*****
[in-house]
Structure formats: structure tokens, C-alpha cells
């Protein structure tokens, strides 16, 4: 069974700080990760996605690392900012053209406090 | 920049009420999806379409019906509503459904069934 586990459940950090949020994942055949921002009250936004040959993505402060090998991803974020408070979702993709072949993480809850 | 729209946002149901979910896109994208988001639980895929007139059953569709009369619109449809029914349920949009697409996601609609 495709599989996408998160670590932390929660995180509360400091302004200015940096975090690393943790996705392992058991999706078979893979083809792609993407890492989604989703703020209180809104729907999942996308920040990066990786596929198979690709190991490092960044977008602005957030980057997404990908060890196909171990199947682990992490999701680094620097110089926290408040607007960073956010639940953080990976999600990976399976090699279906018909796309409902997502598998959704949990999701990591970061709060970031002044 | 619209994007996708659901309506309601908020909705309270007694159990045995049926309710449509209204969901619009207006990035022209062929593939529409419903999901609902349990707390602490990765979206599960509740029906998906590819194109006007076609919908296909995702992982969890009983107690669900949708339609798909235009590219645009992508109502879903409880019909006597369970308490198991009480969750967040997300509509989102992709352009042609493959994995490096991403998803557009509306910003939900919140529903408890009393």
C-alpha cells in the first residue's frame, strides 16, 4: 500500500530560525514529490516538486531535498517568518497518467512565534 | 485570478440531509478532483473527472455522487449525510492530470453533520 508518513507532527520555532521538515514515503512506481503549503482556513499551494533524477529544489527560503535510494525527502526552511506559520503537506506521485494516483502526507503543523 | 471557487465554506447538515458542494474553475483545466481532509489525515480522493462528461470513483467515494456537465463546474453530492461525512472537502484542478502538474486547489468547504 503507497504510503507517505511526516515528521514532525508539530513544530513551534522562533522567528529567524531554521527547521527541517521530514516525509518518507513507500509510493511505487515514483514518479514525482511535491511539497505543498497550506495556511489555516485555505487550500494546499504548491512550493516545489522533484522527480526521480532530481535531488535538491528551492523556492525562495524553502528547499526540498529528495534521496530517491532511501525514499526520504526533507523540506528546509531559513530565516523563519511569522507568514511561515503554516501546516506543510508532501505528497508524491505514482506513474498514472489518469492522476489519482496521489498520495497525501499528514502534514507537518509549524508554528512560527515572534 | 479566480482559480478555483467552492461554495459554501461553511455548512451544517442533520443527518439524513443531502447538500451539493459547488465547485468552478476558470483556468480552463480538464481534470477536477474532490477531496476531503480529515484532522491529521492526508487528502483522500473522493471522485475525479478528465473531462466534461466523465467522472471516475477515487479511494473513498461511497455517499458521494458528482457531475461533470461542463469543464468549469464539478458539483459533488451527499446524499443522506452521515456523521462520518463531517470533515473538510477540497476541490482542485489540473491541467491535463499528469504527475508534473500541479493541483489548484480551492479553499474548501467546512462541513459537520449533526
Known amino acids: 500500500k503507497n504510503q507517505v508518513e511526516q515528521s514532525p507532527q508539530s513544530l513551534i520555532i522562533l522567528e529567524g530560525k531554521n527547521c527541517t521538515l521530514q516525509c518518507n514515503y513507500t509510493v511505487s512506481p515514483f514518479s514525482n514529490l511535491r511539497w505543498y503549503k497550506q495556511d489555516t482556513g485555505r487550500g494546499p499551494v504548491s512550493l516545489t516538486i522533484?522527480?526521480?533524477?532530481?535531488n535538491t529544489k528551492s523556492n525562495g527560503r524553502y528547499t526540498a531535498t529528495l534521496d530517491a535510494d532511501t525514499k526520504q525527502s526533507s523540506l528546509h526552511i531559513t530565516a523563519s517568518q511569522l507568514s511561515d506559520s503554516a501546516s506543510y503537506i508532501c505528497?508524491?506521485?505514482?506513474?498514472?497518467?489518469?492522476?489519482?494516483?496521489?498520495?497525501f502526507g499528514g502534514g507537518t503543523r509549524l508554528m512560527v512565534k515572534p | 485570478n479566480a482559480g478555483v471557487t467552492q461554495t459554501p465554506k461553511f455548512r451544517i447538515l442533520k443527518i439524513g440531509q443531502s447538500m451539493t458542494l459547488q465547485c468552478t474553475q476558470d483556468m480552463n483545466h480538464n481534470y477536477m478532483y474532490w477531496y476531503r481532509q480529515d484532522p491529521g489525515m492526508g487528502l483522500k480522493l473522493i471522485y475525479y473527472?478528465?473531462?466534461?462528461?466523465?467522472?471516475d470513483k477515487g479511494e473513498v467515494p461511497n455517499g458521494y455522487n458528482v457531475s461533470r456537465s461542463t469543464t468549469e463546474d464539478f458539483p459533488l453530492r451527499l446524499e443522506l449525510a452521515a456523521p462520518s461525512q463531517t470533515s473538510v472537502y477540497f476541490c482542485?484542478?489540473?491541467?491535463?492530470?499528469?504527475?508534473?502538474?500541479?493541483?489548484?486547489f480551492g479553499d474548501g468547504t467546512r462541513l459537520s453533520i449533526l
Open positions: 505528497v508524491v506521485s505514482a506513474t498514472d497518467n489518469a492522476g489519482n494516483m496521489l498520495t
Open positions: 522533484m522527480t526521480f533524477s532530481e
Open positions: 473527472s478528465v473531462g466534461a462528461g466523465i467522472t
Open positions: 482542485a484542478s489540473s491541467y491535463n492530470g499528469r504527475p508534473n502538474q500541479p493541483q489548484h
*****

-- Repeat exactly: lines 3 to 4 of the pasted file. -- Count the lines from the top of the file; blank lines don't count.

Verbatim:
């Protein structure tokens, strides 16, 4: 069974700080990760996605690392900012053209406090 | 920049009420999806379409019906509503459904069934 586990459940950090949020994942055949921002009250936004040959993505402060090998991803974020408070979702993709072949993480809850 | 729209946002149901979910896109994208988001639980895929007139059953569709009369619109449809029914349920949009697409996601609609 495709599989996408998160670590932390929660995180509360400091302004200015940096975090690393943790996705392992058991999706078979893979083809792609993407890492989604989703703020209180809104729907999942996308920040990066990786596929198979690709190991490092960044977008602005957030980057997404990908060890196909171990199947682990992490999701680094620097110089926290408040607007960073956010639940953080990976999600990976399976090699279906018909796309409902997502598998959704949990999701990591970061709060970031002044 | 619209994007996708659901309506309601908020909705309270007694159990045995049926309710449509209204969901619009207006990035022209062929593939529409419903999901609902349990707390602490990765979206599960509740029906998906590819194109006007076609919908296909995702992982969890009983107690669900949708339609798909235009590219645009992508109502879903409880019909006597369970308490198991009480969750967040997300509509989102992709352009042609493959994995490096991403998803557009509306910003939900919140529903408890009393």
C-alpha cells in the first residue's frame, strides 16, 4: 500500500530560525514529490516538486531535498517568518497518467512565534 | 485570478440531509478532483473527472455522487449525510492530470453533520 508518513507532527520555532521538515514515503512506481503549503482556513499551494533524477529544489527560503535510494525527502526552511506559520503537506506521485494516483502526507503543523 | 471557487465554506447538515458542494474553475483545466481532509489525515480522493462528461470513483467515494456537465463546474453530492461525512472537502484542478502538474486547489468547504 503507497504510503507517505511526516515528521514532525508539530513544530513551534522562533522567528529567524531554521527547521527541517521530514516525509518518507513507500509510493511505487515514483514518479514525482511535491511539497505543498497550506495556511489555516485555505487550500494546499504548491512550493516545489522533484522527480526521480532530481535531488535538491528551492523556492525562495524553502528547499526540498529528495534521496530517491532511501525514499526520504526533507523540506528546509531559513530565516523563519511569522507568514511561515503554516501546516506543510508532501505528497508524491505514482506513474498514472489518469492522476489519482496521489498520495497525501499528514502534514507537518509549524508554528512560527515572534 | 479566480482559480478555483467552492461554495459554501461553511455548512451544517442533520443527518439524513443531502447538500451539493459547488465547485468552478476558470483556468480552463480538464481534470477536477474532490477531496476531503480529515484532522491529521492526508487528502483522500473522493471522485475525479478528465473531462466534461466523465467522472471516475477515487479511494473513498461511497455517499458521494458528482457531475461533470461542463469543464468549469464539478458539483459533488451527499446524499443522506452521515456523521462520518463531517470533515473538510477540497476541490482542485489540473491541467491535463499528469504527475508534473500541479493541483489548484480551492479553499474548501467546512462541513459537520449533526